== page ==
5 Great Places to Visit With Children in Tokyo
There are a lot of families that bring their children with them when they visit Tokyo. Here, in this article we are going to introduce some famous places in Tokyo that children can enjoy as well as adults.
Tokyo Skytree is Japan’s tallest structure and the tallest radio tower in the world, and has become a popular spot for domestic and overseas tourists. The spectacular view from the two observatory floors can be enjoyed by both children and adults. From the 350m high observation deck called the TEMBO DECK, you can enjoy a 360 degree view of the capital, and at the observation gallery called TEMBO GALLERIA at 450m, you can experience a sensation like you are floating in mid-air from the cylindrical glass gallery. In addition, the connected commercial facilities, known as Tokyo Solamachi, has all sorts of amusement facilities and restaurants for children, offering a varied children’s menu suitable for children with allergies, making it an ideal spot to spend a whole day at. We really recommend visiting here as a family!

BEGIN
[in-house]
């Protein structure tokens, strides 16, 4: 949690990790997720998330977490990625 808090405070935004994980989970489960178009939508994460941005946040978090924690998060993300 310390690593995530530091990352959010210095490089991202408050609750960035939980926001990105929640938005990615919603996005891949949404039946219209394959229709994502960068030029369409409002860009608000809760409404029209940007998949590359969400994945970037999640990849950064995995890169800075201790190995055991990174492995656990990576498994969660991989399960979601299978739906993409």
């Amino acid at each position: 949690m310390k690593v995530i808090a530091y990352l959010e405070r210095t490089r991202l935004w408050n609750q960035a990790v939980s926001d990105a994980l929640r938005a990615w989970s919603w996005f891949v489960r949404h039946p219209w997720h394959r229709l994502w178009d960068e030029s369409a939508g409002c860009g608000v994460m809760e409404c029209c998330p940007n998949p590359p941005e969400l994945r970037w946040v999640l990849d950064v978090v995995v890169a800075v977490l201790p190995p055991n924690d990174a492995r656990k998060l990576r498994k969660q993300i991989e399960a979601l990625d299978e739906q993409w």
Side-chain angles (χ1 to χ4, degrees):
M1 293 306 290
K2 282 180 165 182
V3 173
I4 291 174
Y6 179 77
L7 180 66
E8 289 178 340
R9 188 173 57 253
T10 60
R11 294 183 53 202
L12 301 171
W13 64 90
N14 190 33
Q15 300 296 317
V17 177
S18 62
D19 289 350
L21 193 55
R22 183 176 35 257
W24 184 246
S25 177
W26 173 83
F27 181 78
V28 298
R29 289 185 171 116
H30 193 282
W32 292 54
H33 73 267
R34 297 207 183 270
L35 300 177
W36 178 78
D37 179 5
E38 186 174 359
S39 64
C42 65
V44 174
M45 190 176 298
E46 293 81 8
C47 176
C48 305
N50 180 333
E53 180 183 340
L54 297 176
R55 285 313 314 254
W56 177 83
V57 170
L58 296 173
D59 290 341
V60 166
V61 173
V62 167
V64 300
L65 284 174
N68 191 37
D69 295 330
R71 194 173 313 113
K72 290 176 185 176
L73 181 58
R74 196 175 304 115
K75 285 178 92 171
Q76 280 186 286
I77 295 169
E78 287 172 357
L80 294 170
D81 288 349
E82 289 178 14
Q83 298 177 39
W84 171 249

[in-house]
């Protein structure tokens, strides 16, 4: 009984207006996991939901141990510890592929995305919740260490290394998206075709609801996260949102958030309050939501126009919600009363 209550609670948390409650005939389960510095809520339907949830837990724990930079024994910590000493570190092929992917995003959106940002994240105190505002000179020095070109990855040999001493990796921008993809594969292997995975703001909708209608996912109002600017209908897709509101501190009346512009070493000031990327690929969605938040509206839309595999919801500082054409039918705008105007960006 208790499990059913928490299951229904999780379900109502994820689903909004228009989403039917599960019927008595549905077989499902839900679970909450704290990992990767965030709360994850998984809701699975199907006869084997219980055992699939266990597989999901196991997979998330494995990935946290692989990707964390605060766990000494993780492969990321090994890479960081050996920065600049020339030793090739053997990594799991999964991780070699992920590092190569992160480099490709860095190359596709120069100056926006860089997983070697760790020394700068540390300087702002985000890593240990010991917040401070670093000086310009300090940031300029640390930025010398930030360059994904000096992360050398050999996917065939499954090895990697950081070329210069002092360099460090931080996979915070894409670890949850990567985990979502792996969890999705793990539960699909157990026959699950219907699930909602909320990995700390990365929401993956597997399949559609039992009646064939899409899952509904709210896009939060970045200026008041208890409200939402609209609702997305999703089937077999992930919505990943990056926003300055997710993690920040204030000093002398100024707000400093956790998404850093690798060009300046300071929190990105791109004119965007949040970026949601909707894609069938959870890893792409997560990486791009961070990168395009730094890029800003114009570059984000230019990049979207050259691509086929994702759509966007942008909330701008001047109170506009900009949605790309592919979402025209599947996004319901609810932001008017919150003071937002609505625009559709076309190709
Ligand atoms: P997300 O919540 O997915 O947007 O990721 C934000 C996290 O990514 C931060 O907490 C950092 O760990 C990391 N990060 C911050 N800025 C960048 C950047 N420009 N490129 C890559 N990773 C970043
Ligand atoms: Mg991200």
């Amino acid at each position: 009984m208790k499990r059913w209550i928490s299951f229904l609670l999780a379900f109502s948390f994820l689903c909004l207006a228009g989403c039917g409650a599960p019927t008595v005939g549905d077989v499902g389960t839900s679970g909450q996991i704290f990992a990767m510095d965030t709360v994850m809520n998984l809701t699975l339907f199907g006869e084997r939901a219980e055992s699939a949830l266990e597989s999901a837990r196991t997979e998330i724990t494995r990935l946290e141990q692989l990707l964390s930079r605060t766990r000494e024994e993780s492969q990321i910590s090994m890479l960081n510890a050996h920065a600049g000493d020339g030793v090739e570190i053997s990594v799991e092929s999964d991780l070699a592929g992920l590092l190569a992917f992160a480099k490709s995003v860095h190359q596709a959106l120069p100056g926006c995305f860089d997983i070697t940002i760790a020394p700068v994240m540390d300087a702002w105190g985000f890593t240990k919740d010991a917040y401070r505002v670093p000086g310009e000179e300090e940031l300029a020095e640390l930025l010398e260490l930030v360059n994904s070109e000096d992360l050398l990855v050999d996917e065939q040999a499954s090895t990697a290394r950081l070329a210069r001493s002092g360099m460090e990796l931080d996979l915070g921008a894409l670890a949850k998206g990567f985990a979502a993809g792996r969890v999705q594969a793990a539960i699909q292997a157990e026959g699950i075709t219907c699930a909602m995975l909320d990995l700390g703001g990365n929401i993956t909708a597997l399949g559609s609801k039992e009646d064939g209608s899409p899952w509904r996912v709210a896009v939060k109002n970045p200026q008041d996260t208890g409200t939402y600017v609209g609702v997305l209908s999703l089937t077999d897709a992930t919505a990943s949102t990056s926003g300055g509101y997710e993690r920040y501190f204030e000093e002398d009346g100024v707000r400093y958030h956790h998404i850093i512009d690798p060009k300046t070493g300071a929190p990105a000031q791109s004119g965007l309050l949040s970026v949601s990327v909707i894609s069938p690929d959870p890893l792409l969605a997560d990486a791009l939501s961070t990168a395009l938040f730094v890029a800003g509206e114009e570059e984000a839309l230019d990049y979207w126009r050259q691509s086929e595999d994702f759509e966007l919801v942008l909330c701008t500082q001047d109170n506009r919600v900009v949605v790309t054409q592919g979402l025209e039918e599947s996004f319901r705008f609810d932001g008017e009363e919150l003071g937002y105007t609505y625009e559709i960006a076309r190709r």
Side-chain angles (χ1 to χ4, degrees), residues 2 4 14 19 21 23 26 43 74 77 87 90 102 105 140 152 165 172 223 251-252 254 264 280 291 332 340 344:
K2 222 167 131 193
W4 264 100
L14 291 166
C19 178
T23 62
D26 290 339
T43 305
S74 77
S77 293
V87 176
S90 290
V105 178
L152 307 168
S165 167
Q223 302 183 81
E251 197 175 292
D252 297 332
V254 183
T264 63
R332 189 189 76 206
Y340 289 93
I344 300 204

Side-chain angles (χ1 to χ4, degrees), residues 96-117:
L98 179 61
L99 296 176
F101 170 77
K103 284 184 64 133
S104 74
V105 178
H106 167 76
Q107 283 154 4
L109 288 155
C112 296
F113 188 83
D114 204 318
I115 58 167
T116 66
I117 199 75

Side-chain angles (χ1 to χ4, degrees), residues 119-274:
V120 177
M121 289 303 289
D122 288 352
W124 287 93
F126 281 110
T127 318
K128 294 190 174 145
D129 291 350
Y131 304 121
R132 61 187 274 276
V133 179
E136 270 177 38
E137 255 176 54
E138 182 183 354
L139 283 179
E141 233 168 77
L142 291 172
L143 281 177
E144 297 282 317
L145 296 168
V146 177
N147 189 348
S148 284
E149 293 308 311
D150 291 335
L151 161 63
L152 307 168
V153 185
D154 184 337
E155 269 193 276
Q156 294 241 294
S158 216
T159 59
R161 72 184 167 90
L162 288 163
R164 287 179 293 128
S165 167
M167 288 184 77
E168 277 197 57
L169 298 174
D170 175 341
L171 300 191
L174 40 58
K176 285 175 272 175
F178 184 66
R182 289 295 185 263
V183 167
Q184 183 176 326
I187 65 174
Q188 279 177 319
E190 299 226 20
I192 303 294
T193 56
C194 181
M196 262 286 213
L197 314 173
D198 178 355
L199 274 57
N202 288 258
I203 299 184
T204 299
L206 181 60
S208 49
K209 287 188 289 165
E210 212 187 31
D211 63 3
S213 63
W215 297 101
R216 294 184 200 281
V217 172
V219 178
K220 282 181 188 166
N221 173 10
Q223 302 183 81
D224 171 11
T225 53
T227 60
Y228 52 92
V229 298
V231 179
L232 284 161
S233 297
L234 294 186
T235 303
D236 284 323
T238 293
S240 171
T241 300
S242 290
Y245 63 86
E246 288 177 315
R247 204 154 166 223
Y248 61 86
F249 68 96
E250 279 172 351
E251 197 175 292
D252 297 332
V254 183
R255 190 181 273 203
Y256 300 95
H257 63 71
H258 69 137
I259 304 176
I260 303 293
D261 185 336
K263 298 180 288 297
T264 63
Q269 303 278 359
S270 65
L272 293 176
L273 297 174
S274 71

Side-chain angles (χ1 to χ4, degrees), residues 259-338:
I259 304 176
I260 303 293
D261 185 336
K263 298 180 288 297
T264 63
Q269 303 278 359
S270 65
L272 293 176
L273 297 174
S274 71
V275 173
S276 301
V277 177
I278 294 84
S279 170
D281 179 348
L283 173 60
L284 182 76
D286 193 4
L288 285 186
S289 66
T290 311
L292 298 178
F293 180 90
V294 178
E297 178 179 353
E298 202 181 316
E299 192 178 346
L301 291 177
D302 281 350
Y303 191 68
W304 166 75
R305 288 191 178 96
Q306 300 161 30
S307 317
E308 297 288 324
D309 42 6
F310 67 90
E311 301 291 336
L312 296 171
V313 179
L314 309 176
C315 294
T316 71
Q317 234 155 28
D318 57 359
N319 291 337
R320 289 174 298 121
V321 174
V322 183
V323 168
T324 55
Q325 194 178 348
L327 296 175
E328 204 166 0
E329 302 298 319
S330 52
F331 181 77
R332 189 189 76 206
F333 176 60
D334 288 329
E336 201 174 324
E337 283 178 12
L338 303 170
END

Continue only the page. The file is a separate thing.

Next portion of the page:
Tokyo Skytree TEMBO DECK (350m) - adults 2,060 JPY, junior high school students 1,540 JPY, children 930 JPY (bought on the day).
Tokyo Skytree TEMBO GALLERIA (450m) - adults 1,030 JPY, junior high school students 820 JPY, children 510 JPY.
TEMBO DECK opening hours: 8:00 am - 10:00 pm (last entry 9 pm).
Please note that the opening hours may change due to bad weather and inspections.